If there were a new cheap gadget which makes washing of clothes possible without much expenditure , if there were a medicine that were a sure shot cure for cold (leave aside cancer or AIDS), if there were a cheap vehicle which moves fast enough with water as fuel , or if it tells you why there wa that unusual glow in the sky the previous night, any paper would print and readers would read. In other words, every one would read about things that make their life better, happier or, at times, appeal to their natural curiosity (not to be ignored).

But developments in science are usually incremental and unless presented with a suitable background, context (where this little step fits in the big picture) and with utility or significance for the reader elaborated, readers are not appreciative. This demands writers with good, broad background in science and having attractive writing skill. This is not a very common combination. Add to it the difficult-to-comprehend scientific jargon!

So the foremost thing is to have writers who can write what people would enjoy reading because they find it interesting and useful. It is extremely important to attract people with good science background and flair for writing and interest in it.
Effective science communication requires a multi pronged strategy to address the obstacles as compiled and raised on the forum by Julian.Positive efforts of concerned govt may a go a long way and creating ample career opportunities in science communication could attract young talents who presently do not see any promising future in most of the countries in the field.
Scientists should be trained in art of science communication while journalists must orient themselves towards at least the basic understandings of science and its methodology.Both are the two faces of but same coin i e science communication and need orientation training and refresher courses on above stated disciplines on a ti continuous basis.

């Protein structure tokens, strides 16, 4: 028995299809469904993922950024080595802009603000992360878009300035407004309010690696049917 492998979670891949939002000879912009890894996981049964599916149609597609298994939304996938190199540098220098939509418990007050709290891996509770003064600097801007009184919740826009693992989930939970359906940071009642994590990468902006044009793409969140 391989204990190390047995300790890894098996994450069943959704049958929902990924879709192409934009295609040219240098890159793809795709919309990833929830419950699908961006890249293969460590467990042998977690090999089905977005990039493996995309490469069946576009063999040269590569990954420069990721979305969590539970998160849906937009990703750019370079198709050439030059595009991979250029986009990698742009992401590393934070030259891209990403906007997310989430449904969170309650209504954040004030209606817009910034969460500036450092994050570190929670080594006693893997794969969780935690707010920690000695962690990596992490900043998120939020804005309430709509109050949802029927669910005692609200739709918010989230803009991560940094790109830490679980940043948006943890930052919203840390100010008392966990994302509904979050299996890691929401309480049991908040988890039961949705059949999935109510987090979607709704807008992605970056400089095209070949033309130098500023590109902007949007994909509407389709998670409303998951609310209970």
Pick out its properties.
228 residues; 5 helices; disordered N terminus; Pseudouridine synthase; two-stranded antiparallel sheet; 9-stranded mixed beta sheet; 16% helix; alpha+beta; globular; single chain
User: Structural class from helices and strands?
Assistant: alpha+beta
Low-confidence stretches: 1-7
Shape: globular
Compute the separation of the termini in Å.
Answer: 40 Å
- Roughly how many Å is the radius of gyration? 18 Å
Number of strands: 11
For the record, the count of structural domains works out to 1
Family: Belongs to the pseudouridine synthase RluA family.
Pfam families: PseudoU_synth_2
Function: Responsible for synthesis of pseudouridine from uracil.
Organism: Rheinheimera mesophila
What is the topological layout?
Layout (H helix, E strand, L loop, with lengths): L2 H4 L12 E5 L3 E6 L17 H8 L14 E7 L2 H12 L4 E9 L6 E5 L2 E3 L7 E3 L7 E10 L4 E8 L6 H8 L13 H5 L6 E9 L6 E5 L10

Efforts like such could brighten the prospects of science communication in many countries of the globe.
I do not come from a strictly science background but my experience is in projects related to conservation and integrated management of natural resources. In this field we face the same problems with communication as faced by science. The success of a lot of our work depends on exposure to the public and the politicians/decision makers. The involvement of the press in our work is crucial and has a lot of added value. We, however, always faced and are still facing almost the same issues described above in a lot of interventions. Stories/interviews etc… given to the press have been distorted sometimes intentionally and sometime due to lack of understanding. We had to resort to written statements and sometimes force the journalist to show the interviewee the final text to be published and sign on it before printing. A lot of damage had been done by articles published with erroneous information that we became reluctant to go to the press and became very prudent. The journalists wanted to mix environment with politics to the detriment of environmental conservation and management. Journalists published unsubstantiated info just for the scoop and the buy-line.

In instances were professional integrity and open dialogue existed, the relationship worked like magic. When the journalist and the project staff took the time to discuss the issues to reach a mutual understanding, the results were magnificent and the impact was tremendously positive and beneficial.

I liked the ideas and discussions above and they do reflect reality, the problem is they seem to have stopped although a root cause analysis was done by Julian and a few good propositions were presented. Were I come from we take the root cause analysis and try to find solutions to the problems and issues presented. This network is a great place to come to action and I thank Mike for it. Let us move forward with some solutions there are millions of dollars being spent on projects and are going to waste due to problems that have been identified by researchers a long time ago but have never reached the decision makers. Maybe some of this money can be spent to bridge the gap between research and the real world through the help of the press world. Some people are trying to solve these issues and I offer this announcement to all the Italian speaking members here. Please check this link out, it might be of interest to some. I hope we can move forward to the benefit of this world.